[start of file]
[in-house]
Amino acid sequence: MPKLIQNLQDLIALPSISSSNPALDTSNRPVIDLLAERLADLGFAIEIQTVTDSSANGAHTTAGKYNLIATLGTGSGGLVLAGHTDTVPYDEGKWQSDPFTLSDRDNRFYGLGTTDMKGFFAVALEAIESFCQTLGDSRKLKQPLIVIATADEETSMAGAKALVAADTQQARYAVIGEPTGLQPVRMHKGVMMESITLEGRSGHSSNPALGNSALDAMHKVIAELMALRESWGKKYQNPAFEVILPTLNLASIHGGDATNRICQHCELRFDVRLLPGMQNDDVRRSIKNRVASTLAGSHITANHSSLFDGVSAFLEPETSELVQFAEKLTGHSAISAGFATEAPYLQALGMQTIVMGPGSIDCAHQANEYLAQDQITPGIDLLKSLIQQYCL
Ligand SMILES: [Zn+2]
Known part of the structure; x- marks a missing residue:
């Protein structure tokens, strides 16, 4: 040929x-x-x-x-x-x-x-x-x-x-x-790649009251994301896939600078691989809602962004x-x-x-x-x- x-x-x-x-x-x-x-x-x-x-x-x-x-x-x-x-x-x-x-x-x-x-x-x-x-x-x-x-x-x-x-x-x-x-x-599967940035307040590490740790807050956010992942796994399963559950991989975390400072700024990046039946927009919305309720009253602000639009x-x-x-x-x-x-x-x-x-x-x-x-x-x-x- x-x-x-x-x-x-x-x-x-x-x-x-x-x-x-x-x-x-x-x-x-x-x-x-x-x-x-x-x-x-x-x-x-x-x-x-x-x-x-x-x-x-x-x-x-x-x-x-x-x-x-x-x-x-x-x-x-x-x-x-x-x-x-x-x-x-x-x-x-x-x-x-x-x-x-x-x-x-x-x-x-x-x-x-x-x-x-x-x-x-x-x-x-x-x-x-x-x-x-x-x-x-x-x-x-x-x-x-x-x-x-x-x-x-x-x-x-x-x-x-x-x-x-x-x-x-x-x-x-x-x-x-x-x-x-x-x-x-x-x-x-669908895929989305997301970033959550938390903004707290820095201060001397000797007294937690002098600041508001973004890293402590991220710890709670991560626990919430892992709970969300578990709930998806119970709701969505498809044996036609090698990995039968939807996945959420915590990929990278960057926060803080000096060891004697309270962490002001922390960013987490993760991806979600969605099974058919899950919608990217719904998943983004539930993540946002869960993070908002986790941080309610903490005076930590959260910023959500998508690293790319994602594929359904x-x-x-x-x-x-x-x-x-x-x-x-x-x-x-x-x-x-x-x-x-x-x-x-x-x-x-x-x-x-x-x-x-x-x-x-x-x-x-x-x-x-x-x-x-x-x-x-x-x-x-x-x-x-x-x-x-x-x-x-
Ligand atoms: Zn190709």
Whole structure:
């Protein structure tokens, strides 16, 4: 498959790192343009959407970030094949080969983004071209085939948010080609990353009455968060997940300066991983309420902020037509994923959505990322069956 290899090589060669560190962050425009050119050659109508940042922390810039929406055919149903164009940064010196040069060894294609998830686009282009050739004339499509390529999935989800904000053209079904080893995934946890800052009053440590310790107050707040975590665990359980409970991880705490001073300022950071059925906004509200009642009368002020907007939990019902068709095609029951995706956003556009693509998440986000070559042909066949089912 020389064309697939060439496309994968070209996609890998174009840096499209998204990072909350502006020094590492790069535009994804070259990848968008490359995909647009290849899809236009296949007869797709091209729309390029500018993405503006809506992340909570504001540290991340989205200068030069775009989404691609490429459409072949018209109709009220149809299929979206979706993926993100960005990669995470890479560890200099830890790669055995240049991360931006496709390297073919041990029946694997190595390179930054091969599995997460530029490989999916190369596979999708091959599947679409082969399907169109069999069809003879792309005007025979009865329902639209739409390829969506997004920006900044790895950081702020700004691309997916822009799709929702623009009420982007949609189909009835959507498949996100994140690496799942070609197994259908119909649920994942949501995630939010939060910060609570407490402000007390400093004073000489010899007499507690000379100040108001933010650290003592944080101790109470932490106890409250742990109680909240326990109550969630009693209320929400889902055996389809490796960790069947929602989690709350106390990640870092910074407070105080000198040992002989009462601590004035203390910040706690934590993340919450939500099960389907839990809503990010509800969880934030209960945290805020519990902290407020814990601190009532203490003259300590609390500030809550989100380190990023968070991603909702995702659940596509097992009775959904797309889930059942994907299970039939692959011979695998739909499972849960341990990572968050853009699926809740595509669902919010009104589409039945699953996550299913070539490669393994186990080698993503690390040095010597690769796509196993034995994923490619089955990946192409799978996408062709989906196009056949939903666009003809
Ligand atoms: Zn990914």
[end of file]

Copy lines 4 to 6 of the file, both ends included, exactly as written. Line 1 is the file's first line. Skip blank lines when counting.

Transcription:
Known part of the structure; x- marks a missing residue:
């Protein structure tokens, strides 16, 4: 040929x-x-x-x-x-x-x-x-x-x-x-790649009251994301896939600078691989809602962004x-x-x-x-x- x-x-x-x-x-x-x-x-x-x-x-x-x-x-x-x-x-x-x-x-x-x-x-x-x-x-x-x-x-x-x-x-x-x-x-599967940035307040590490740790807050956010992942796994399963559950991989975390400072700024990046039946927009919305309720009253602000639009x-x-x-x-x-x-x-x-x-x-x-x-x-x-x- x-x-x-x-x-x-x-x-x-x-x-x-x-x-x-x-x-x-x-x-x-x-x-x-x-x-x-x-x-x-x-x-x-x-x-x-x-x-x-x-x-x-x-x-x-x-x-x-x-x-x-x-x-x-x-x-x-x-x-x-x-x-x-x-x-x-x-x-x-x-x-x-x-x-x-x-x-x-x-x-x-x-x-x-x-x-x-x-x-x-x-x-x-x-x-x-x-x-x-x-x-x-x-x-x-x-x-x-x-x-x-x-x-x-x-x-x-x-x-x-x-x-x-x-x-x-x-x-x-x-x-x-x-x-x-x-x-x-x-x-x-669908895929989305997301970033959550938390903004707290820095201060001397000797007294937690002098600041508001973004890293402590991220710890709670991560626990919430892992709970969300578990709930998806119970709701969505498809044996036609090698990995039968939807996945959420915590990929990278960057926060803080000096060891004697309270962490002001922390960013987490993760991806979600969605099974058919899950919608990217719904998943983004539930993540946002869960993070908002986790941080309610903490005076930590959260910023959500998508690293790319994602594929359904x-x-x-x-x-x-x-x-x-x-x-x-x-x-x-x-x-x-x-x-x-x-x-x-x-x-x-x-x-x-x-x-x-x-x-x-x-x-x-x-x-x-x-x-x-x-x-x-x-x-x-x-x-x-x-x-x-x-x-x-
Ligand atoms: Zn190709």